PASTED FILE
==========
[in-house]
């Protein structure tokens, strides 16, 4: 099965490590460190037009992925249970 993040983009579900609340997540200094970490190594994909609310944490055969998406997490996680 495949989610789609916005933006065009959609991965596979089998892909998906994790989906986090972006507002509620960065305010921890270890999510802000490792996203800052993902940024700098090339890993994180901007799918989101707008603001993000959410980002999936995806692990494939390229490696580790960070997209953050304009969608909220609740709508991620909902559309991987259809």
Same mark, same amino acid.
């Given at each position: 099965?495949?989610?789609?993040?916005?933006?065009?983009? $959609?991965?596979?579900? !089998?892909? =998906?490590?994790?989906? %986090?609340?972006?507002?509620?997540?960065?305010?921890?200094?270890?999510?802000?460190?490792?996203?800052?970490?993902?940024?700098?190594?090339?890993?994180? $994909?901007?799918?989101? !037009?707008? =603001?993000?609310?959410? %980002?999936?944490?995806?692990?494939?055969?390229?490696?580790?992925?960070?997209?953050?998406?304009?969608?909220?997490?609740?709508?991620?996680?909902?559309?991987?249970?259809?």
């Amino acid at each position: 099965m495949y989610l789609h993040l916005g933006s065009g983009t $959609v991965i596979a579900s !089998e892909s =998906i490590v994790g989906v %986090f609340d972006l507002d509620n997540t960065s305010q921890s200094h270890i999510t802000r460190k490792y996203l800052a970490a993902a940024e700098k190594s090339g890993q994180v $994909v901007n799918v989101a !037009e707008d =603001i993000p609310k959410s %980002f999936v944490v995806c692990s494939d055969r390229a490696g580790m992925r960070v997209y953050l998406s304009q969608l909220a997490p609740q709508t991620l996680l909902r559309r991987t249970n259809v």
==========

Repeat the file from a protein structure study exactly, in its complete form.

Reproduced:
[in-house]
């Protein structure tokens, strides 16, 4: 099965490590460190037009992925249970 993040983009579900609340997540200094970490190594994909609310944490055969998406997490996680 495949989610789609916005933006065009959609991965596979089998892909998906994790989906986090972006507002509620960065305010921890270890999510802000490792996203800052993902940024700098090339890993994180901007799918989101707008603001993000959410980002999936995806692990494939390229490696580790960070997209953050304009969608909220609740709508991620909902559309991987259809």
Same mark, same amino acid.
């Given at each position: 099965?495949?989610?789609?993040?916005?933006?065009?983009? $959609?991965?596979?579900? !089998?892909? =998906?490590?994790?989906? %986090?609340?972006?507002?509620?997540?960065?305010?921890?200094?270890?999510?802000?460190?490792?996203?800052?970490?993902?940024?700098?190594?090339?890993?994180? $994909?901007?799918?989101? !037009?707008? =603001?993000?609310?959410? %980002?999936?944490?995806?692990?494939?055969?390229?490696?580790?992925?960070?997209?953050?998406?304009?969608?909220?997490?609740?709508?991620?996680?909902?559309?991987?249970?259809?």
């Amino acid at each position: 099965m495949y989610l789609h993040l916005g933006s065009g983009t $959609v991965i596979a579900s !089998e892909s =998906i490590v994790g989906v %986090f609340d972006l507002d509620n997540t960065s305010q921890s200094h270890i999510t802000r460190k490792y996203l800052a970490a993902a940024e700098k190594s090339g890993q994180v $994909v901007n799918v989101a !037009e707008d =603001i993000p609310k959410s %980002f999936v944490v995806c692990s494939d055969r390229a490696g580790m992925r960070v997209y953050l998406s304009q969608l909220a997490p609740q709508t991620l996680l909902r559309r991987t249970n259809v």